Rising 8,415 feet (2,565 meters) above sea level, Doi Inthanon, situated in the center of Doi Inthanon National Park, is Thailand’s tallest mountain. While many visitors strive to see the views from its summit, the surrounding forests, waterfalls, stupas—dome-shaped Buddhist shrines—and trails are just as impressive.
Doi Inthanon is one of the most popular day trips from Chiang Mai (the mountain is named for the city’s last king, in fact), and you’ll find plenty of tour options. Active travelers can trek through paddy fields to plummeting waterfalls, cruise down the peak on a mountain bike, or navigate the rapids of Mae Wang Valley, which sprawls out at the foot of the mountain. A guided small-group or private tour of the park often includes a trek to the summit of Doi Inthanon, plus visits to a hill tribe village, a Hmong market, and the twin King and Queen pagodas; you’ll also learn about the region’s ecosystem by exploring the Kew Mae Pan or Ang Ka nature trails.
Things to Know Before You Go
Doi Inthanon is a must-see for adventure travelers and nature lovers.
Dress in layers; daytime temperatures in the park can be surprisingly cool.
Wear comfortable shoes suitable for walking on uneven surfaces.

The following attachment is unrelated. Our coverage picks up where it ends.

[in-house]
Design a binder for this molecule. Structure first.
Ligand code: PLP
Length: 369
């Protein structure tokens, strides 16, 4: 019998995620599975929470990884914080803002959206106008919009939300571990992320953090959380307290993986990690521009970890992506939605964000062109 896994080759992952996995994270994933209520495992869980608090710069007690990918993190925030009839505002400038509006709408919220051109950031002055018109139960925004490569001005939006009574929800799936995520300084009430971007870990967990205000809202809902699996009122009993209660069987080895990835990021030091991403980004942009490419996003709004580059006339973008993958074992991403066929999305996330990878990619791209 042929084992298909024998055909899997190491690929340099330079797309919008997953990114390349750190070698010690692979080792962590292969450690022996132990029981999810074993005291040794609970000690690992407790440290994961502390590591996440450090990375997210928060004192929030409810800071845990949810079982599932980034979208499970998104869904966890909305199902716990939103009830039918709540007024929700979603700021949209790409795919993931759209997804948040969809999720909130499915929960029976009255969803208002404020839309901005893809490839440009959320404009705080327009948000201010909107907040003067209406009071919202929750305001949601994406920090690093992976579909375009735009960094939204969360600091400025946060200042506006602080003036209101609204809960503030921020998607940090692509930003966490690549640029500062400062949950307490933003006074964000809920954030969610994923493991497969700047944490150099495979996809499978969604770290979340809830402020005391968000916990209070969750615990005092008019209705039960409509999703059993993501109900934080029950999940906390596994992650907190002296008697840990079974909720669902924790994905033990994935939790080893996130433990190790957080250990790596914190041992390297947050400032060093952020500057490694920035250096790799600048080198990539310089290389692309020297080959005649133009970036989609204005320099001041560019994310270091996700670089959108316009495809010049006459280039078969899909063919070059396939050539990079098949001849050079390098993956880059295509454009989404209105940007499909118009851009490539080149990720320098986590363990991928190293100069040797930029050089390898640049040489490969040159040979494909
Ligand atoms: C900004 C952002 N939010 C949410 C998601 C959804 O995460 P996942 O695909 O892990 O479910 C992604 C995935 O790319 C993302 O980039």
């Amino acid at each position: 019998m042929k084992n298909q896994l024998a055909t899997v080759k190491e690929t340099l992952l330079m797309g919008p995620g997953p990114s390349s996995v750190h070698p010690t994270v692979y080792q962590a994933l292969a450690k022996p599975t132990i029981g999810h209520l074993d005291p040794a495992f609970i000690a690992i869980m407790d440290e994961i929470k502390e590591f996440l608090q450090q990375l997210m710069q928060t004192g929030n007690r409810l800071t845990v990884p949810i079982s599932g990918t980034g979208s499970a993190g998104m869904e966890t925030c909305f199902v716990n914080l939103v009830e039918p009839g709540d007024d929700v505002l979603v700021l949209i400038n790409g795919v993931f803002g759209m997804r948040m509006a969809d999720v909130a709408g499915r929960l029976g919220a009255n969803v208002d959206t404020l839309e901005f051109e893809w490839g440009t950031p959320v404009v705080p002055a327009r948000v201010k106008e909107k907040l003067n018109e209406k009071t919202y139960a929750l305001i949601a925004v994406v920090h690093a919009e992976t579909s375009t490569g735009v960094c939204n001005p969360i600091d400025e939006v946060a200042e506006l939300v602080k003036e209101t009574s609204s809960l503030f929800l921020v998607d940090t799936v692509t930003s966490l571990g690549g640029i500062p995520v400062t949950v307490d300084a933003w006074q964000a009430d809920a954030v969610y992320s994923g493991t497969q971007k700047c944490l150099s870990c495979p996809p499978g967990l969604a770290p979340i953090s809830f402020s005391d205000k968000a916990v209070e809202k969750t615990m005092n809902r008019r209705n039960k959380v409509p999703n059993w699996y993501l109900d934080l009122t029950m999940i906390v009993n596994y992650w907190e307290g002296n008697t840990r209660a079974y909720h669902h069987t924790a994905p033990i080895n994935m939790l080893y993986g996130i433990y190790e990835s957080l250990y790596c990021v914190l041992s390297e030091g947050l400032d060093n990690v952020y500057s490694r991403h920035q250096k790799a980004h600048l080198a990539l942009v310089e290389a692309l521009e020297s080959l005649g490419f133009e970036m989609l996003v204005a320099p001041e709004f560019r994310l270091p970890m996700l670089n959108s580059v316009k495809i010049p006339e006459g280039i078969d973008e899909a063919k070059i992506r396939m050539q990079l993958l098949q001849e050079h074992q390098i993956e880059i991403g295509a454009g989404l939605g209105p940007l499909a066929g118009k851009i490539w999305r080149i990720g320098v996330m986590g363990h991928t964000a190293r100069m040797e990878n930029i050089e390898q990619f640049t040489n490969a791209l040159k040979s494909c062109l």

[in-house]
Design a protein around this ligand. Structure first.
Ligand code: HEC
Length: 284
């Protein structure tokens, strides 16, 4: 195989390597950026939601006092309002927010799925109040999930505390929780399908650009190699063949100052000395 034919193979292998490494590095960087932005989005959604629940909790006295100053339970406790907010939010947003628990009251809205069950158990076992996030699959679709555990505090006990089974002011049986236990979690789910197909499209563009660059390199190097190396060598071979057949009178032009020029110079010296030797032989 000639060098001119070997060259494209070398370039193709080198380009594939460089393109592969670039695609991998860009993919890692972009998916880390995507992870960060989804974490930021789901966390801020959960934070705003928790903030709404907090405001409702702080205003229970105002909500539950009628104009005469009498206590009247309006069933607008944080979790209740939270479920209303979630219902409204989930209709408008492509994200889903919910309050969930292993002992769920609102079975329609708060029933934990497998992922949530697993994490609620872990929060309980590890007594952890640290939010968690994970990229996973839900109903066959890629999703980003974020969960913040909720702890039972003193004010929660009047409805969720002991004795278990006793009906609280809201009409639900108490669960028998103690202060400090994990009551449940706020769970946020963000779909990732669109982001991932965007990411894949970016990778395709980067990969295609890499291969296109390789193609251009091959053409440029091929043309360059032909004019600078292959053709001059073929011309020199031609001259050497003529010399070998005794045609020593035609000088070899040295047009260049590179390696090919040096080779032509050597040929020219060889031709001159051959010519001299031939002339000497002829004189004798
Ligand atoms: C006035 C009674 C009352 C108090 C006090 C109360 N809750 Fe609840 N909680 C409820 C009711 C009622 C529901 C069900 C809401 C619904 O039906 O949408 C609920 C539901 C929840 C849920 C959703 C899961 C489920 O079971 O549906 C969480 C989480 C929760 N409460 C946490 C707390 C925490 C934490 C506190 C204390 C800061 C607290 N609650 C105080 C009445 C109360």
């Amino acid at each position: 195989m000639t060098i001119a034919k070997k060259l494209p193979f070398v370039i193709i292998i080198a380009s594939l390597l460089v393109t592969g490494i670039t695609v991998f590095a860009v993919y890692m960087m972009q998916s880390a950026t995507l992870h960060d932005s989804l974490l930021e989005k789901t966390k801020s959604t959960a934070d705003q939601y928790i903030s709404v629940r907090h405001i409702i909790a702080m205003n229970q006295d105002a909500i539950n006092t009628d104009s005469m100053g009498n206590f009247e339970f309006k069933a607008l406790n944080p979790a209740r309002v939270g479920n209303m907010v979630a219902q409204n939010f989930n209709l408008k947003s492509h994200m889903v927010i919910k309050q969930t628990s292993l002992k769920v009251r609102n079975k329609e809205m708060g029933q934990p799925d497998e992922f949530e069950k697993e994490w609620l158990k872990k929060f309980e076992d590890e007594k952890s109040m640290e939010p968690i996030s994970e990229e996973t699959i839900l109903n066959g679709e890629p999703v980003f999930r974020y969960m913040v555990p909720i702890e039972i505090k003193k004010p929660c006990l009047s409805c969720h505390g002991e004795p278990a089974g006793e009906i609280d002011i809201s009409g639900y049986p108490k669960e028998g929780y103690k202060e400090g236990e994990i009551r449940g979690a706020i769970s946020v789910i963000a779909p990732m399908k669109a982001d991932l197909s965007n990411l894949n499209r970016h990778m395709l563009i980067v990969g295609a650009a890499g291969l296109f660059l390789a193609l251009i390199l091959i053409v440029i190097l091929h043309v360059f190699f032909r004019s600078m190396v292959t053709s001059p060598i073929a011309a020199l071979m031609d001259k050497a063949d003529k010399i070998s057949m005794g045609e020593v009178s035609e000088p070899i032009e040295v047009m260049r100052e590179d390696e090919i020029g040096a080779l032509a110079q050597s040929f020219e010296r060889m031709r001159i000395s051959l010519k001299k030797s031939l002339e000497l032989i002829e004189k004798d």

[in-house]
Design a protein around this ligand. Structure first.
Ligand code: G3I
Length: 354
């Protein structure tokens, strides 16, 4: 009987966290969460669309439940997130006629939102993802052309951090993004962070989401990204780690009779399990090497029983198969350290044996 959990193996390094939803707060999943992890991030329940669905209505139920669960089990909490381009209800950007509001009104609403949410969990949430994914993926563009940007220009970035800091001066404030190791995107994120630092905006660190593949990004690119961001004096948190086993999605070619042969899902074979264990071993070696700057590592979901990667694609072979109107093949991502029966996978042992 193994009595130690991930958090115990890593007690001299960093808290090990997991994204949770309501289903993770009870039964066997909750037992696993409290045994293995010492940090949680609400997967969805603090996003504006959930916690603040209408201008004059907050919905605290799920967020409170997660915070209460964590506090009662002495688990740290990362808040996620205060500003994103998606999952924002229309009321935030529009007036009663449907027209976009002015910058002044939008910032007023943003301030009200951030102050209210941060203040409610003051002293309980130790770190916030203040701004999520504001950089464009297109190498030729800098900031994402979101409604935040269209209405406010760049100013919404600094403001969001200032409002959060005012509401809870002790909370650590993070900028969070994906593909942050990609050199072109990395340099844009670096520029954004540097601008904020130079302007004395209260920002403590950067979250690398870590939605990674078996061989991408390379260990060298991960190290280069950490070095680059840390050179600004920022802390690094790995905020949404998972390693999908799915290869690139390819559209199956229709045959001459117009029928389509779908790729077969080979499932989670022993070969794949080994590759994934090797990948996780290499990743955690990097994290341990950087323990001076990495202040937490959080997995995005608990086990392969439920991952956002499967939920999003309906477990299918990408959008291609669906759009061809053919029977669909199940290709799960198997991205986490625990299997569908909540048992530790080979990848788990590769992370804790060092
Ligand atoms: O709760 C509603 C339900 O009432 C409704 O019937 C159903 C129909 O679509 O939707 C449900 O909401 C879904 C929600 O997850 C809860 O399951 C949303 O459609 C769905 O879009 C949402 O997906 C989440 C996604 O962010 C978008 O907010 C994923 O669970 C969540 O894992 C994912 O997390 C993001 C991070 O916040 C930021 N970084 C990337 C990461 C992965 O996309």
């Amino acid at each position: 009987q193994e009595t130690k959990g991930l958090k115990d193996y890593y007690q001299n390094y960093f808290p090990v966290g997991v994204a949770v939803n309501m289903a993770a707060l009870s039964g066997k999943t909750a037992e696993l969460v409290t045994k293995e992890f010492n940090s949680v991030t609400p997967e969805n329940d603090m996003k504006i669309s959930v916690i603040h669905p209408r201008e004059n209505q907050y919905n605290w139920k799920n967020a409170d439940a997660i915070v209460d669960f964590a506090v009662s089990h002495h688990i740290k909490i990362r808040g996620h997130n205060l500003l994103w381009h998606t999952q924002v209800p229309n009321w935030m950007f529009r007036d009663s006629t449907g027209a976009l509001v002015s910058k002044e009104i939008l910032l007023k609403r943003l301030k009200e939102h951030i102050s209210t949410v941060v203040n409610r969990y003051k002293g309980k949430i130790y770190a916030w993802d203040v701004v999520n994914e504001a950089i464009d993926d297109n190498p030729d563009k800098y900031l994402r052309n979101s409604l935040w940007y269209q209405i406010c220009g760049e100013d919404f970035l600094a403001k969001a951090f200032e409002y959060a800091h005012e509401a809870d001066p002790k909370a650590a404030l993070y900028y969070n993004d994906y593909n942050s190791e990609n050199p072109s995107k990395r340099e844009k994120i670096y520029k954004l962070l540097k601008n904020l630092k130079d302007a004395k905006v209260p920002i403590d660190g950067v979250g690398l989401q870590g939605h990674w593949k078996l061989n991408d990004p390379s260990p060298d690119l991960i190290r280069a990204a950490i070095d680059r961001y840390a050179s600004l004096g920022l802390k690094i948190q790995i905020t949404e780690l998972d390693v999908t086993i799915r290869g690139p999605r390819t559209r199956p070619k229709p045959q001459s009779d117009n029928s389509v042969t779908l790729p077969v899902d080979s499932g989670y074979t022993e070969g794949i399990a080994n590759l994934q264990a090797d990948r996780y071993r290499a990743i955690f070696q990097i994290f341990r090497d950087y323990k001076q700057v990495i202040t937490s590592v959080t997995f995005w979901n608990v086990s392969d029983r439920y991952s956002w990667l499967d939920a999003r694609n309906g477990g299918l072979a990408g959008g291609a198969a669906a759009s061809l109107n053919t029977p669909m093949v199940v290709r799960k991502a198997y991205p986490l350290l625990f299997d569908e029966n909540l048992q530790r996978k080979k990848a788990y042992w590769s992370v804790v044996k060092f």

Most day tours from Chiang Mai include roundtrip transportation and lunch.
Expect a full-day tour to last upwards of eight hours.
How to Get There
The easiest way to get to Doi Inthanon is by joining an English-speaking guided tour of the park or hiring a private taxi for the day. Convenient public transportation to the park is lacking.
When to Get There
For the best chance of clear views from the summit, plan your visit for the dry season (between May and October). During the rest of the year, Doi Inthanon is blanketed in perpetual fog and sees almost daily rainfall.
The Mae Kha Ning Phenomenon
If you visit Doi Inthanon over New Year’s, you’ll likely be joined by locals coming to witness a phenomena known as Mae Kha Ning, or frost—a rare sight in a climate as warm as Thailand’s.